We implemented Precog using a logistic regression classifier, or Log-reg classifier, available from the scikit-learn package. The possible outcomes in log-reg are modeled using a logistic function, with L1 or L2 based regularization. In this study we used L2 penalized form of log-reg. The target value is expected to be a linear combination of the given features. This property of log-reg can also be exploited to study the weights of its features. We used the liblinear method as the optimization algorithm as it is shown to be optimal for relatively small datasets.Training and cross-validation
We used 7TM domain positions and compositional features for the ICL3 and C-Term, which prevail over other extra-7TM domain features, to create a training matrix. In case of significant positional features, two-bit scores (derived from the positive and negative HMMs for a given G-protein) are returned for the corresponding amino acid found at a given position in the input GPCR sequence. In case a position was found to be present in either positive or negative HMMs, the single bit score, derived from the respective HMM, was returned. If for any GPCR, no amino acid was present at the given position, it was assigned the highest bit scores from the both models, implying the least conserved scores.
All the features were scaled to the range [0, 1]. A grid search was performed over a stratified 5-fold cross validation (CV) to select the best value of C (inverse of the regularization strength). The parameters showing the best Area Under the Curve (AUC) of the Receiver Operating Curve (ROC) were chosen to create models for every G-protein. The feature weights were extracted as described elsewhere from the trained models and are critical to understand the relative importance of different features.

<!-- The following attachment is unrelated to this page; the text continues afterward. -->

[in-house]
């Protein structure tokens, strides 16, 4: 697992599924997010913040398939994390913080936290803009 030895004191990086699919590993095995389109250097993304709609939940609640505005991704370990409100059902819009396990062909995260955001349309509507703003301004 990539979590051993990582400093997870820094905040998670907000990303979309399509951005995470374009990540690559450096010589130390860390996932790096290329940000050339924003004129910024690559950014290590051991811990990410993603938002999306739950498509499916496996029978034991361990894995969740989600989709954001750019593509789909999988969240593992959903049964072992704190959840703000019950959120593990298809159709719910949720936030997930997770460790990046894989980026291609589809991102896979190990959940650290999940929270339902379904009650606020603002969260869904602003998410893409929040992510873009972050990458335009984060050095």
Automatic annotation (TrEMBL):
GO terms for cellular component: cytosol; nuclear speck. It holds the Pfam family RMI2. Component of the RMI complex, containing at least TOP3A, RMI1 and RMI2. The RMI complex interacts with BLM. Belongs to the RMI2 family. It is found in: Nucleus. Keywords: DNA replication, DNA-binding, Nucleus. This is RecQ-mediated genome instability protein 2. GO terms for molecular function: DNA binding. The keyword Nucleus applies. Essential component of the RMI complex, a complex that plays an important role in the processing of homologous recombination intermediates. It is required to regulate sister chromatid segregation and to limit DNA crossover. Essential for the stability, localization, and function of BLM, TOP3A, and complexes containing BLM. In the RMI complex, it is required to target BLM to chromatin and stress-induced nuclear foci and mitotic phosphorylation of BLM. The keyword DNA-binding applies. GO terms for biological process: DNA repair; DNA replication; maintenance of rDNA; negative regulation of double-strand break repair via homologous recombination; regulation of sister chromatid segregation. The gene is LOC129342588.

In order to assess over-fitting, we performed a randomization test. For every G-protein, the original labels of the training matrix were replaced with randomly determined labels, while preserving the ratio of number of positive (coupling) and negative (non-coupling) GPCRs.Test set
To benchmark our method and compare Precog with other web-servers of GPCR-G protein coupling, we extracted all the GPCRs from IUPHAR that are present in neither our training set nor in other web-servers'. One of the major limitations of IUPHAR is the absence of a definite true negative set, thus, the best measure to compare performance of Precog with others is Recall, also known as Sensitivity or the true positive rate. We combined the performance of individual G-protein predictors based on their families to evaluate the performance of Precog, which outperformed other publically available web-servers over the test set.
Russell Lab at the University of Heidelberg, Germany
Gurdeep Singh: email@example.com
Francesco Raimondi: firstname.lastname@example.org
Rob Russell: email@example.com
Inoue Lab at Tohoku University, Japan
Asuka Inoue: firstname.lastname@example.org
Precog was developed in the Russell lab at the University of Heidelberg, 2019